Unbe-leaf-able cyclist volunteer shares her story

  • 19 January 2022

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Female cyclist wearing pink and black cycling gear stands near while bike outside Arthur Rank Hospice Charity sign

You may have noticed our Memory Tree in the main reception at the Hospice at Shelford Bottom. It is adorned with bronze, silver and gold coloured brass leaves with the names of loved ones engraved on them. It is one of the tangible and beautiful ways to remember a loved one offered via the Charity.

We caught up with one of our volunteers, Chrissie Hunter, who explained her contribution to the Charity and Memory Tree.

What is your volunteering role for Arthur Rank Hospice Charity (ARHC)?

I am a Volunteer Cyclist – I pick up the blank leaves from the Hospice, for the memory tree, to be engraved and cycle them across to Timpsons in central Cambridge, where they kindly engrave them free of charge for the Charity. I can get in and out of Cambridge very quickly on my bike, I don’t sit in heavy traffic jams or have to pay parking fees.

How long have you been volunteering for ARHC?

Around five years, I started when the Memory Tree was put up in the Hospice’s new building after the move in 2016.

Gold leaf and Memory tree at Arthur Rank Hospice Charity

How often do you cycle?

I cycle for the Hospice sporadically, whenever they have a leaf to be engraved. I cycle around 120 miles a week. Last year I cycled the furthest in a year and achieved my target of 6,300 miles.

I cycle all year around and aim to ride 800k per month, although in the winter my journeys are shorter but more frequent. I prefer to cycle in the summer when the weather is warmer when I can cycle further each ride, usually around 70-80 miles at a time.

Female cyclist cycling with other cyclists in Spain

When did you start cycling?

I started cycling in my 20’s to get fitter. I have had Asthma and type 1 Diabetes from childhood – I was often in hospital due to asthma attacks. I know now that keeping fit helps me to stay well too.

I slowed down a little when I had my daughter, but as soon as it was safe to do so, I put her on a seat on the back of my bike and as she got bigger on a tag-along bike and we all cycled as a family. She is in her 20’s now and although she did join me on a 50 mile cycle ride recently I’m not sure she has the same passion for it as myself!

Tell us more about your favourite cycle rides

One day I met a man who told me he had cycled from Lands End to John O’ Groats for his 80th birthday. I thought ‘if he can do that, what’s stopping me?’ So I went on to cycle the 1000 miles over 13 days to celebrate my 50th birthday and found that the UK really is a beautiful country.

Female cyclist standing in front of John O Groats sign with her bike

I met a great group of people and now every year we choose a 7 day cycle tour in a different country – I have cycled in Belgium, Slovenia, Spain (Pyrenees and Andalucía) and Italy so far! I had to put Portugal on hold since the pandemic, so Portugal and Poland are booked for 2023 and this year is Germany.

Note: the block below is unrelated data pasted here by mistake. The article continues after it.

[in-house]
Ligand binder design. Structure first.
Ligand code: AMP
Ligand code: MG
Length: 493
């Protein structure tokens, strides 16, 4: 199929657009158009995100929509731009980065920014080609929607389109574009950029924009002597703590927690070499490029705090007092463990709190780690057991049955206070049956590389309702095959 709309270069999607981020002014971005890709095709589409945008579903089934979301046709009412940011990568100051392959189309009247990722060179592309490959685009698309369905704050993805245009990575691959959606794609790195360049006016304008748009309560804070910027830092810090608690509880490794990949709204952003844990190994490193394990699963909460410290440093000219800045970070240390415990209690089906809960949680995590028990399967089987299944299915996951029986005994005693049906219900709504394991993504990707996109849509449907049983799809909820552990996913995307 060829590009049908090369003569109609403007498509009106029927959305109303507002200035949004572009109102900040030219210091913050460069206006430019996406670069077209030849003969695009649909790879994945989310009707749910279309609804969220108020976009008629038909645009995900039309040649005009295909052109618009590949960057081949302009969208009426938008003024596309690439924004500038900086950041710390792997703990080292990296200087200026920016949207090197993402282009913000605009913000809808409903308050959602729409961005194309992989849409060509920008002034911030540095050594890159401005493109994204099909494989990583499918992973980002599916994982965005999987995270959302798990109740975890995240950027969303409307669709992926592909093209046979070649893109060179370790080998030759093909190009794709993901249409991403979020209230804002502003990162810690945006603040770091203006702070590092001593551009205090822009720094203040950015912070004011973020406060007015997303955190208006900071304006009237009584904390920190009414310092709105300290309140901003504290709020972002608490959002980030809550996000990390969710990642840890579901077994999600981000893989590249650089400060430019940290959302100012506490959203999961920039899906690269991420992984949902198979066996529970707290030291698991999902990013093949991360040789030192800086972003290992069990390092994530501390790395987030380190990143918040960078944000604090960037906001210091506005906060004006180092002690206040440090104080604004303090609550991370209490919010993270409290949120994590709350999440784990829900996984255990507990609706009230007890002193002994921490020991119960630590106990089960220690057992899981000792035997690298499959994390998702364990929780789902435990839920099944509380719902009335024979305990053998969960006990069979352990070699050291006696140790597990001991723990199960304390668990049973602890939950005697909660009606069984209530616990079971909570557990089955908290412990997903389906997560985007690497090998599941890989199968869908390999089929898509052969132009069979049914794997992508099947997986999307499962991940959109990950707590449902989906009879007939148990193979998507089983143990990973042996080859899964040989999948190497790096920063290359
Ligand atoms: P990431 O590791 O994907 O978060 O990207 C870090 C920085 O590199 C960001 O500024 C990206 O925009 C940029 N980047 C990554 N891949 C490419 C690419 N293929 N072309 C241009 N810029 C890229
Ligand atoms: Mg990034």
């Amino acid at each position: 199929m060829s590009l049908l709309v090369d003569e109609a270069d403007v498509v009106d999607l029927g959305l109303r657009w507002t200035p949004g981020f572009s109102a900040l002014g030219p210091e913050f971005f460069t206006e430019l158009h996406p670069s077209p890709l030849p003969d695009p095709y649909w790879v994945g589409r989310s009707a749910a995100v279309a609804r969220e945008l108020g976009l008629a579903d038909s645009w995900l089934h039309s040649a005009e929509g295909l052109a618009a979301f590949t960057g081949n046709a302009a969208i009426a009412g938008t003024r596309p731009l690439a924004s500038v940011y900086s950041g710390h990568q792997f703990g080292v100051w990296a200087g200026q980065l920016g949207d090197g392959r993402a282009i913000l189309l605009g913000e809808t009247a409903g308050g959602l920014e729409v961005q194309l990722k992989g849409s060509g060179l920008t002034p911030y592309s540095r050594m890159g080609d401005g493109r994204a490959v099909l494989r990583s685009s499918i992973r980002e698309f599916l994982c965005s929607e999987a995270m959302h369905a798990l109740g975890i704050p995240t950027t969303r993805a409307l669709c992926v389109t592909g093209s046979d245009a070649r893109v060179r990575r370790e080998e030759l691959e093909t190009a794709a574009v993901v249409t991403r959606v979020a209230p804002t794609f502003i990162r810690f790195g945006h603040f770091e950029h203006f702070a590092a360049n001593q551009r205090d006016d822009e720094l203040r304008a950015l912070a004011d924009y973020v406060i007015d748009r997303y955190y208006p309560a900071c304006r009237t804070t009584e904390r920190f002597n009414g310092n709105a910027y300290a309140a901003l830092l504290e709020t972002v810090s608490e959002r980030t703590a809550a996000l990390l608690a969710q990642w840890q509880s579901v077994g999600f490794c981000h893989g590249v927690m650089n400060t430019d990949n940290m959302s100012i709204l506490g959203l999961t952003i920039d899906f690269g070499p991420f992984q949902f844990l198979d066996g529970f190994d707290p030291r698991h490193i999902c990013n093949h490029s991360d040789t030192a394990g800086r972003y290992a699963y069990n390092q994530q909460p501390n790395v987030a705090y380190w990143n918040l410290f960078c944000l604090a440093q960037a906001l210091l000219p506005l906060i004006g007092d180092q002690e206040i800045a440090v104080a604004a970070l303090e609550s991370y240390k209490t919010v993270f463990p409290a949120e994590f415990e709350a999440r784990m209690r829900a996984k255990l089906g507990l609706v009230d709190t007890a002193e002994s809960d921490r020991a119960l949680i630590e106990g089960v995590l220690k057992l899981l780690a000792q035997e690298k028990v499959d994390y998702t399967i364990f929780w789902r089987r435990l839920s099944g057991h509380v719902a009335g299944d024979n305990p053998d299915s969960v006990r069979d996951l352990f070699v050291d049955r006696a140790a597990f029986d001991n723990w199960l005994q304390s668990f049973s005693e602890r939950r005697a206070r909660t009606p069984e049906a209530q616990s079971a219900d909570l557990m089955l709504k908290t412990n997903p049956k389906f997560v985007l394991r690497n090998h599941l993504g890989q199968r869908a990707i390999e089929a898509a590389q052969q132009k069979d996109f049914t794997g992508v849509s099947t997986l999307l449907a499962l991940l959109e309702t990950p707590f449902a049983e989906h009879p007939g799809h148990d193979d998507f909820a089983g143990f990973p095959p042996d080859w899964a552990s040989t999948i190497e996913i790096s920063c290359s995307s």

Female cyclist holding up bike

Do you enjoy any other sports?

I used to run a lot. When I was 40 years old I ran the London Marathon. I then went on to run The Great North Run (three times). I suffered some injuries after a cycle accident so I hung up my running shoes and took up walking.

I’ve walked the 25 mile Yorkshire 3 peak challenge twice, I have also trekked and climbed Ben Nevis, Scarfell Pike (several times but always in bad weather!) and Snowdon (my favourite mountain). I then decided to complete the National 3 Peaks Challenge in 24 hours – in June, in horrendous weather, which was toughest challenge I have ever done.

About 5 years ago I got a book called ‘100 Greatest Cycling Climbs in the UK’ by Simon Warren. So far I have completed 54 of them and I am determined to climb them all in my lifetime. The climbs are dotted about all over the UK and it has taken my family and I to places we would never have thought to visit.

Female cyclist riding along road with green trees behind

I also enjoy marshalling at running events for various charities – I love seeing all the runners and cheering them on.

I practice yoga every day (including Christmas Day).

Are you a Tour De France fan?

I do watch the Tour De France but I prefer to be out on my bike rather than watching TV. Mark Cavendish is my favourite Tour De France Cyclist. I have been known to cycle to a cafe in Essex known as a ‘hang out’ for professional cyclists to see who I could bump into! Also the cake is excellent.

Back of someone wearing a green and read cycling outfit with coast to coast in Italy on it.

What do you enjoy about your volunteering role?

I am aware of the difference Arthur Rank Hospice Charity has made to the patients and their loved ones when they need it the most. A colleague of mine from Lensfield Medical Practice, where I am the Finance Officer, was cared for at the Hospice. Since Lockdown I have been working from home and I have reduced my hours so this gives me even more time and purpose to get out on my bike.

Female cyclist wearing pink jacket and black cycle helmet and glasses hold gold leaf outside white wall

Volunteering gives me a great reason to get my bike out and keep fit and active.

What would you say to anyone else who is thinking of volunteering?

Put your name down and do what you can, as you never know when you or a loved one are going to need the services from the Charity.

If you would like to know more about The Memory Tree or other ways to remember a loved one please contact contact Rachael on 01223 675881 or email r.brown@arhc.org.uk

If you would like to find out more about becoming a volunteer for Arthur Rank Hospice Charity please see our current volunteer vacancies here: arhc.org.uk/join-us/volunteer-opportunities/